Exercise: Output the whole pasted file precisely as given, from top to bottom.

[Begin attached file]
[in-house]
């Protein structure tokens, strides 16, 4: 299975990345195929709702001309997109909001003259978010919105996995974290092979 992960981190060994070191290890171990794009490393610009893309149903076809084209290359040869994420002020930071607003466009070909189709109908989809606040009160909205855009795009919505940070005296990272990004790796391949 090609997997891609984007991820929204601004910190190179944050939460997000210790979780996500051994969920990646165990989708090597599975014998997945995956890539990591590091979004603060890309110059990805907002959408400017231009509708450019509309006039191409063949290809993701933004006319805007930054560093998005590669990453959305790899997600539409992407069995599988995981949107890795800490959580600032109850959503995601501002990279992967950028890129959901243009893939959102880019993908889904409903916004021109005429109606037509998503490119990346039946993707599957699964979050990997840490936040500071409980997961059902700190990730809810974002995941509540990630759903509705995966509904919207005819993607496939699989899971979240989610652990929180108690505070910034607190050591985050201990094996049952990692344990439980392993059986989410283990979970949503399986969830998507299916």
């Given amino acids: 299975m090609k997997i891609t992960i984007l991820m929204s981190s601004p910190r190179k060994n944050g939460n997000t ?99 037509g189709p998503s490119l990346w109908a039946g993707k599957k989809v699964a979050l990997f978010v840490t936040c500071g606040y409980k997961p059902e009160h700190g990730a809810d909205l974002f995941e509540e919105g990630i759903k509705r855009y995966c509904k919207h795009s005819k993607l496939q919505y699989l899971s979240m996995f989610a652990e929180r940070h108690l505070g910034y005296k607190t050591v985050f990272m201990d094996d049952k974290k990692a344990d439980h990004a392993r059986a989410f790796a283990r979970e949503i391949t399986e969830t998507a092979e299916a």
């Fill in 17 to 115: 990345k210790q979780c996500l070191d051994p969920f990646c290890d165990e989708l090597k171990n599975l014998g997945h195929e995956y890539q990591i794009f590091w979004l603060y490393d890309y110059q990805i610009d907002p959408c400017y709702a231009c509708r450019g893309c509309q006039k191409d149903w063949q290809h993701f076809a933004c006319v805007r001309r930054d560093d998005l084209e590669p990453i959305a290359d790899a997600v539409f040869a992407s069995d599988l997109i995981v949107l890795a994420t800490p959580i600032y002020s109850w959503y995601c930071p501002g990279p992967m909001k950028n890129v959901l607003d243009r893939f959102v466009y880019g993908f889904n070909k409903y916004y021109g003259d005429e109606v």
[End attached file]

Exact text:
[in-house]
């Protein structure tokens, strides 16, 4: 299975990345195929709702001309997109909001003259978010919105996995974290092979 992960981190060994070191290890171990794009490393610009893309149903076809084209290359040869994420002020930071607003466009070909189709109908989809606040009160909205855009795009919505940070005296990272990004790796391949 090609997997891609984007991820929204601004910190190179944050939460997000210790979780996500051994969920990646165990989708090597599975014998997945995956890539990591590091979004603060890309110059990805907002959408400017231009509708450019509309006039191409063949290809993701933004006319805007930054560093998005590669990453959305790899997600539409992407069995599988995981949107890795800490959580600032109850959503995601501002990279992967950028890129959901243009893939959102880019993908889904409903916004021109005429109606037509998503490119990346039946993707599957699964979050990997840490936040500071409980997961059902700190990730809810974002995941509540990630759903509705995966509904919207005819993607496939699989899971979240989610652990929180108690505070910034607190050591985050201990094996049952990692344990439980392993059986989410283990979970949503399986969830998507299916």
């Given amino acids: 299975m090609k997997i891609t992960i984007l991820m929204s981190s601004p910190r190179k060994n944050g939460n997000t ?99 037509g189709p998503s490119l990346w109908a039946g993707k599957k989809v699964a979050l990997f978010v840490t936040c500071g606040y409980k997961p059902e009160h700190g990730a809810d909205l974002f995941e509540e919105g990630i759903k509705r855009y995966c509904k919207h795009s005819k993607l496939q919505y699989l899971s979240m996995f989610a652990e929180r940070h108690l505070g910034y005296k607190t050591v985050f990272m201990d094996d049952k974290k990692a344990d439980h990004a392993r059986a989410f790796a283990r979970e949503i391949t399986e969830t998507a092979e299916a």
């Fill in 17 to 115: 990345k210790q979780c996500l070191d051994p969920f990646c290890d165990e989708l090597k171990n599975l014998g997945h195929e995956y890539q990591i794009f590091w979004l603060y490393d890309y110059q990805i610009d907002p959408c400017y709702a231009c509708r450019g893309c509309q006039k191409d149903w063949q290809h993701f076809a933004c006319v805007r001309r930054d560093d998005l084209e590669p990453i959305a290359d790899a997600v539409f040869a992407s069995d599988l997109i995981v949107l890795a994420t800490p959580i600032y002020s109850w959503y995601c930071p501002g990279p992967m909001k950028n890129v959901l607003d243009r893939f959102v466009y880019g993908f889904n070909k409903y916004y021109g003259d005429e109606v």